Thanks For The Corporate Bond Bubble, Fed

by David Stockman, Contra Corner

Once upon a time businesses borrowed long term money—-if they borrowed at all—-in order to fund plant, equipment and other long-lived productive assets. That kind of debt was self-liquidating in the sense that it usually generated a stream of income and cash flow that was sufficient to service and repay the debt, and to kick some earned surplus into the pot as well.

Today American businesses are borrowing like never before—-but the only thing being liquidated is there own equity capital. That’s because trillions of debt is being issued to fund financial engineering maneuvers such as stock buybacks, M&A and LBOs, not the acquisition of productive assets that can actually fuel future output and productivity.

So it amounts to a great financial shuffle conducted entirely within the canyons of Wall Street. Financial engineering deals invariably shrink the float of outstanding stock among the companies visiting underwriters. Likewise, they invariably leave with the mid-section of their balance sheets bloated with fixed obligations, while the bottom tier of shareholder equity has been strip-mined and hollowed out.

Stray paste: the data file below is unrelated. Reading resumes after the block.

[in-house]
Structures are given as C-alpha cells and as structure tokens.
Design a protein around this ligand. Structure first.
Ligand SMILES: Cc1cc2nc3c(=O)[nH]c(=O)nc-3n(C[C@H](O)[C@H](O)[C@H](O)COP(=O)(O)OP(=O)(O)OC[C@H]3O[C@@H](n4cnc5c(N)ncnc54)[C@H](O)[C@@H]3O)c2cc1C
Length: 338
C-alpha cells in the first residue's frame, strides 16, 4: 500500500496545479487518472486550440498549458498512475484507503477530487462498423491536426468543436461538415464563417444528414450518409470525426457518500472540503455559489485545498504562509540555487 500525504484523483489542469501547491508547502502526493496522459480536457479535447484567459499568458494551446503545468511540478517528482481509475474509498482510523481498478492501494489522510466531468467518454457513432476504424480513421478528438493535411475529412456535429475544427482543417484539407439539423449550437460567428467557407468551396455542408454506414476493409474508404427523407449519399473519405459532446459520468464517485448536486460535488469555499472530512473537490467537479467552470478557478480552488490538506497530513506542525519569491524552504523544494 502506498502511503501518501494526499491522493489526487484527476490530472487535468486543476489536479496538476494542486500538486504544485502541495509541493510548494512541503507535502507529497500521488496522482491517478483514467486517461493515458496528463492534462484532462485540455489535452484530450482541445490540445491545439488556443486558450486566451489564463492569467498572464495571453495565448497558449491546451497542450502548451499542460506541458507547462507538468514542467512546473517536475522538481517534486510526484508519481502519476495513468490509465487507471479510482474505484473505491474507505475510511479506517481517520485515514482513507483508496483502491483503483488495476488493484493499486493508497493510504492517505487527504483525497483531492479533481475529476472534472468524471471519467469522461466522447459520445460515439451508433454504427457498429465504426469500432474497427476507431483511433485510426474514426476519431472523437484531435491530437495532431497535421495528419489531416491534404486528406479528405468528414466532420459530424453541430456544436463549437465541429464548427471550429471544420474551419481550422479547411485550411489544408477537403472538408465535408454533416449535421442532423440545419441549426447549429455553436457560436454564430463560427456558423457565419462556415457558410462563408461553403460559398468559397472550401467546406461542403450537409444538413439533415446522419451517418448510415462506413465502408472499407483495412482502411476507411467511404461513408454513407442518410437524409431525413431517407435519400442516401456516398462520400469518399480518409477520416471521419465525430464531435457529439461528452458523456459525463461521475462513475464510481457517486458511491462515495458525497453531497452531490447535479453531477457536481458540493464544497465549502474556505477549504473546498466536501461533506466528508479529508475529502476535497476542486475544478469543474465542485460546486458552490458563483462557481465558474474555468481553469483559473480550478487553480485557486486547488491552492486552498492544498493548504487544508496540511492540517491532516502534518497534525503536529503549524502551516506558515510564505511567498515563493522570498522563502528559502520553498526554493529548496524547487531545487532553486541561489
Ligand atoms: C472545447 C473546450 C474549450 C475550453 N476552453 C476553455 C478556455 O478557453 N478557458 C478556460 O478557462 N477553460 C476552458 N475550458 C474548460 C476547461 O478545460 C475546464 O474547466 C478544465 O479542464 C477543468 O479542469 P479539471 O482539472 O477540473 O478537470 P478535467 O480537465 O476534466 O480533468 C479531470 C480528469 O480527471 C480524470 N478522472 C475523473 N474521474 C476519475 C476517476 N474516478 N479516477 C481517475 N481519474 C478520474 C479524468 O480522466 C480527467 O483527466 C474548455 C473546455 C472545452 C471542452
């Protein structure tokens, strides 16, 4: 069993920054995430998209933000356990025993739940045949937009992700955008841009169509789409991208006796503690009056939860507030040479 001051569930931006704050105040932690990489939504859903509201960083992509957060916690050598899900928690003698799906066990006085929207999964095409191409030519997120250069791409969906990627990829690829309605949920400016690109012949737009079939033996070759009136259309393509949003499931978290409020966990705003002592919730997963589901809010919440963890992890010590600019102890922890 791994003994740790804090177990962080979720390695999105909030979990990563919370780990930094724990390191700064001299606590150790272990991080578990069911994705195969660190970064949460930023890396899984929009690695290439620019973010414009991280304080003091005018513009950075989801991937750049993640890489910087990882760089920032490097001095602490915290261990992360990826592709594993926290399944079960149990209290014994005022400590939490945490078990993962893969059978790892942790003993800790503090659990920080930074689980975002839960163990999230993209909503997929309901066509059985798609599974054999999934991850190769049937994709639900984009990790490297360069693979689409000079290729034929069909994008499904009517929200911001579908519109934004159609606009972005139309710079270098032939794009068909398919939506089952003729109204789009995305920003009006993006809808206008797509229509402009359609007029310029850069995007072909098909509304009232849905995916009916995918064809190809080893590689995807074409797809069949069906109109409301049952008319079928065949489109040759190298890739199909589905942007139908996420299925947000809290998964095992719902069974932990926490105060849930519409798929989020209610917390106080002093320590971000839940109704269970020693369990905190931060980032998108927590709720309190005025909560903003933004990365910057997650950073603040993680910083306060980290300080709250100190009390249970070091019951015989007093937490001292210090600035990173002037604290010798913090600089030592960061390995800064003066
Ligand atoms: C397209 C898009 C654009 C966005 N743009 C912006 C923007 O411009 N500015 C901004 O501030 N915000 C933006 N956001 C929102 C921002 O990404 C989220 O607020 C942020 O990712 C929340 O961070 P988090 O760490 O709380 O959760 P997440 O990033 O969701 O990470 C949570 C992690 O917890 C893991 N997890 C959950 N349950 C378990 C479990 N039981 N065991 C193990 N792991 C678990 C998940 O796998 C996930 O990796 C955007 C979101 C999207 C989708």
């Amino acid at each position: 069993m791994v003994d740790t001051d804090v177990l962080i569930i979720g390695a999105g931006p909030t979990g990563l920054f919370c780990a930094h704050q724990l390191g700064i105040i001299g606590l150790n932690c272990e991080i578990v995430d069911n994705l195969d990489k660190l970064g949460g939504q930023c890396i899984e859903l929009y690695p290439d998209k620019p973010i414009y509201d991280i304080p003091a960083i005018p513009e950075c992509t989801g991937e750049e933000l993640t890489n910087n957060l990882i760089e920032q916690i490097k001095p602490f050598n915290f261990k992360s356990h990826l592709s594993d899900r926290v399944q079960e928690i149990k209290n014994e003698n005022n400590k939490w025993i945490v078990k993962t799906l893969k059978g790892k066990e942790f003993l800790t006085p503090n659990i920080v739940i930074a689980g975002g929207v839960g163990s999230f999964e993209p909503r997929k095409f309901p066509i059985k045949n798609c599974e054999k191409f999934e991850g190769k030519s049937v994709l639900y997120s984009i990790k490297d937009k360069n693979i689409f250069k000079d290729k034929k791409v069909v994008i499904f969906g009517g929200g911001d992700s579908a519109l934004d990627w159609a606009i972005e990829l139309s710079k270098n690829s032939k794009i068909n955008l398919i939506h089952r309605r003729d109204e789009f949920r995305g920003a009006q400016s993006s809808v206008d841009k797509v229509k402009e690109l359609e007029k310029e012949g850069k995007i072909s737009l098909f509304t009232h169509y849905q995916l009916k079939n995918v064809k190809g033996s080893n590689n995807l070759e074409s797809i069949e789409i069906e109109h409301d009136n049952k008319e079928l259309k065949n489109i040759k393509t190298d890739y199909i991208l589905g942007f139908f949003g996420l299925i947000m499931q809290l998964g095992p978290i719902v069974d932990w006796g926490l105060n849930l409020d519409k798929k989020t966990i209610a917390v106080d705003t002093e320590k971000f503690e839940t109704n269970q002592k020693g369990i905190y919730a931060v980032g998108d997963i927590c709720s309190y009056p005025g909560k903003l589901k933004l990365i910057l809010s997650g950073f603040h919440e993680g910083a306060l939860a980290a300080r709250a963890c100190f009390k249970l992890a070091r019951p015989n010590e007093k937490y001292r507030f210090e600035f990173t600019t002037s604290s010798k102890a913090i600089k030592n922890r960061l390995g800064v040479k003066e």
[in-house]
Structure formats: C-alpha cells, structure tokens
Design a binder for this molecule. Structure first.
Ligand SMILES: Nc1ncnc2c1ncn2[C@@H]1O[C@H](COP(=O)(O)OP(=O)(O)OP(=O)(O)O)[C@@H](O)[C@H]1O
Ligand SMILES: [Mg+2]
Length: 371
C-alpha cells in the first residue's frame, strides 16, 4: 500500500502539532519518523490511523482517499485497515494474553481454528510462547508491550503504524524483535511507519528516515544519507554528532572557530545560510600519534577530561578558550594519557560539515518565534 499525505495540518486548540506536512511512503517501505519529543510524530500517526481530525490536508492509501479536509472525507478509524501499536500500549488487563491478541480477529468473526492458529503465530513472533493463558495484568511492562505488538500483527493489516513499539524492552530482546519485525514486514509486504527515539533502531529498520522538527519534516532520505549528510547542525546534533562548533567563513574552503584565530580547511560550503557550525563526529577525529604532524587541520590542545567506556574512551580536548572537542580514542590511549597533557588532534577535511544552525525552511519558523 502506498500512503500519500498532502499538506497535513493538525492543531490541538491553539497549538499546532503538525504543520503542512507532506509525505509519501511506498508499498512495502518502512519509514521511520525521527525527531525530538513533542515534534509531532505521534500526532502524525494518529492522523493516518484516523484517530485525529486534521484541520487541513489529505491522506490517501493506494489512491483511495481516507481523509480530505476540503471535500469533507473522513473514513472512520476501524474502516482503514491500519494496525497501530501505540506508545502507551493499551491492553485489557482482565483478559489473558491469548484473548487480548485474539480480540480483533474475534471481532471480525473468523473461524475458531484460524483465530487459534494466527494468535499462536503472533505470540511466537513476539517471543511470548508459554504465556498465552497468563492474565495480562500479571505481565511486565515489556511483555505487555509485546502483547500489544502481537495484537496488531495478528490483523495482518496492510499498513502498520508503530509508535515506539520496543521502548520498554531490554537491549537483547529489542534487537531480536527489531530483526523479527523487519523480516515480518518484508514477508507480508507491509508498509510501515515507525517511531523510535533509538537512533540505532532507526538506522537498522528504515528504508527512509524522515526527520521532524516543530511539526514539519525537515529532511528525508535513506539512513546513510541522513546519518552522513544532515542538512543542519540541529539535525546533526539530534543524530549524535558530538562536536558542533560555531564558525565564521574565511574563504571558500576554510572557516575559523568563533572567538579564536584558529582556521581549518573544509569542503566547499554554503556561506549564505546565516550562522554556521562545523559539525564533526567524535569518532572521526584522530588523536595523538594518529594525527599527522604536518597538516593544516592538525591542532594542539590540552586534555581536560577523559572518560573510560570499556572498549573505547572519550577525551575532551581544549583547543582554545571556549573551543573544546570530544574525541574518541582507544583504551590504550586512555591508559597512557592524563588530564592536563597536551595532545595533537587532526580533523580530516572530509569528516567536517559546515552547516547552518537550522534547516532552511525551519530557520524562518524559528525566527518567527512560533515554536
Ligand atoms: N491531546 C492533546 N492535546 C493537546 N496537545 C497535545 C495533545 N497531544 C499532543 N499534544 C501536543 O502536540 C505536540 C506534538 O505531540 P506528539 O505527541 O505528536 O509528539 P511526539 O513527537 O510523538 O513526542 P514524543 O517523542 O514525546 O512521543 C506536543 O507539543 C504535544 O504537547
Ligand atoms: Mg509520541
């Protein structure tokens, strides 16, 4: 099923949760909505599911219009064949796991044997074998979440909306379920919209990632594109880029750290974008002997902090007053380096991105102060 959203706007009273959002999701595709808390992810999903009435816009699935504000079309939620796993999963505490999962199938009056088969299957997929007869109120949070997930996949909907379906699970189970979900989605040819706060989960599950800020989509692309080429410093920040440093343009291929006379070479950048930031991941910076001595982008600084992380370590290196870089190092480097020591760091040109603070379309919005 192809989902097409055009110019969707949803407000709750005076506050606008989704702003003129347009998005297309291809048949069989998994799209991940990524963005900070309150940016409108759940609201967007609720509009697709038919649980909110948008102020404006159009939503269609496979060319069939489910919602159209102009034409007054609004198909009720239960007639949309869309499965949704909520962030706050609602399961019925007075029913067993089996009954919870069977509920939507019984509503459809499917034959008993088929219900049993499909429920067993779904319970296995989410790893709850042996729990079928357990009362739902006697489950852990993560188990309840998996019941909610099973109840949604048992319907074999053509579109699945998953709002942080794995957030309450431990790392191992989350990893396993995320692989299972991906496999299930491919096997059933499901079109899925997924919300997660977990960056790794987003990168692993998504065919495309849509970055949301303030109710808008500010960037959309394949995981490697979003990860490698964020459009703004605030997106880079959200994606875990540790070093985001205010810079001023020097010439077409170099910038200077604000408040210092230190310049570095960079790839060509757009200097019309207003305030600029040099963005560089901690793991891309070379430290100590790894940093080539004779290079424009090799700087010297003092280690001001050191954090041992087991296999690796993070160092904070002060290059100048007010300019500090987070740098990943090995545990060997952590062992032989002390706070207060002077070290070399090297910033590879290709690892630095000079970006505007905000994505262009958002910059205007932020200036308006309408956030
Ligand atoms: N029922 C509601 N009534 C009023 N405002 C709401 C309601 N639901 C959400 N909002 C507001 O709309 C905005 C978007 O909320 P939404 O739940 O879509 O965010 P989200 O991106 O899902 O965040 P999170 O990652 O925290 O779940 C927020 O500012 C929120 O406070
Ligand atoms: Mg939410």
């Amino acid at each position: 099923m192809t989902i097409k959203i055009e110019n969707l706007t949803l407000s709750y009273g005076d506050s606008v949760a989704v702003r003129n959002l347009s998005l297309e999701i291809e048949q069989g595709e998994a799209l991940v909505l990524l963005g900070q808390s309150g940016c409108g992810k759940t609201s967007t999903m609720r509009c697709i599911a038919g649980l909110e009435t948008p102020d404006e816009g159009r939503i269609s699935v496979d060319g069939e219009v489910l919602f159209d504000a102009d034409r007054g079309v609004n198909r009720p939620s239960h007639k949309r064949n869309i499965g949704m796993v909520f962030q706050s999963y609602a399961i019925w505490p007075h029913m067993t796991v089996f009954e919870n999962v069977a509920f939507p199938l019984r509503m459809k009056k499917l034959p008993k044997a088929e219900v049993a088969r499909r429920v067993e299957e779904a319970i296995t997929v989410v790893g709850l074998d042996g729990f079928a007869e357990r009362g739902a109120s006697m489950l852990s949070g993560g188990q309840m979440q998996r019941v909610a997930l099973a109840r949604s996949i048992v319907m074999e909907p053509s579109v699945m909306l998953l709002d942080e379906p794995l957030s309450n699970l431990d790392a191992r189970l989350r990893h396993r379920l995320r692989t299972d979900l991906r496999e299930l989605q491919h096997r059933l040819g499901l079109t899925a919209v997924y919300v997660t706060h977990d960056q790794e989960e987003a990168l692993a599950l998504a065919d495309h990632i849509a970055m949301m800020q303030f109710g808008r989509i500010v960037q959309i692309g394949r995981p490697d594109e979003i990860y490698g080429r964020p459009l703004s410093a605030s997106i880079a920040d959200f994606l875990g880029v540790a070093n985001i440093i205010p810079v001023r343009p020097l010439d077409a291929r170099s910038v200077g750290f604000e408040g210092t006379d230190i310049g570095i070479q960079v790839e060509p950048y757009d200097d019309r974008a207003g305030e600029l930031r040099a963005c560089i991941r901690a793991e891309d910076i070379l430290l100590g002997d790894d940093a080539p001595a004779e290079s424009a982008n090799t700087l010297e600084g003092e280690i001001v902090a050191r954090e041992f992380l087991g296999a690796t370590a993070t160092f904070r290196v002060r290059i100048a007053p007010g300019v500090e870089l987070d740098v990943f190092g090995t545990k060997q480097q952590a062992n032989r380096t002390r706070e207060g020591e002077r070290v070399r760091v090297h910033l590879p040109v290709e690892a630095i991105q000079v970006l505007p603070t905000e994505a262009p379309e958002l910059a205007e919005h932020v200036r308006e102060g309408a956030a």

At the same time, none of this vast flow of capital leaves a trace on the actual operations—-such as production, marketing and payrolls—of the businesses involved. Instead, prodigious sums of debt capital are being sold to yield-hungry bond managers and homegamers via mutual funds and then recycled back into windfall gains for stock market gamblers who chase momo plays and the stock price rips that usually accompany M&A, LBO or stock buyback announcements.

Needless to say, central bank financial repression is responsible for this destructive transformation of capital market function. It has made the after-tax cost of debt tantamount to free for big cap corporations——while fueling equity market bubbles that makes stock repurchases and other short-term financial engineering maneuvers irresistible to stock option obsessed inhabitants of the C-suites.

In this context, today’s WSJ saw fit to herald the $21 billion of quasi-junk bonds (BBB-) issued by Actavis PLC to fund its $66 billion acquisition of Allergen, a company which famously supplies Botox and similar life-enhancing products. Whether this mega-merger will result in any sustainable economic efficiency gains only time will tell, but the odds are not high. The overwhelming share of today’s red hot M&A deals fail to earn back the huge takeover premiums invariably paid. And, not infrequently, they are subsequently reborn as equally trumpeted corporate restructurings, spin-offs and other “value unlocking” maneuvers a few years down the road. It’s Wall Street’s version of “you stab ‘em and we slab ‘em”.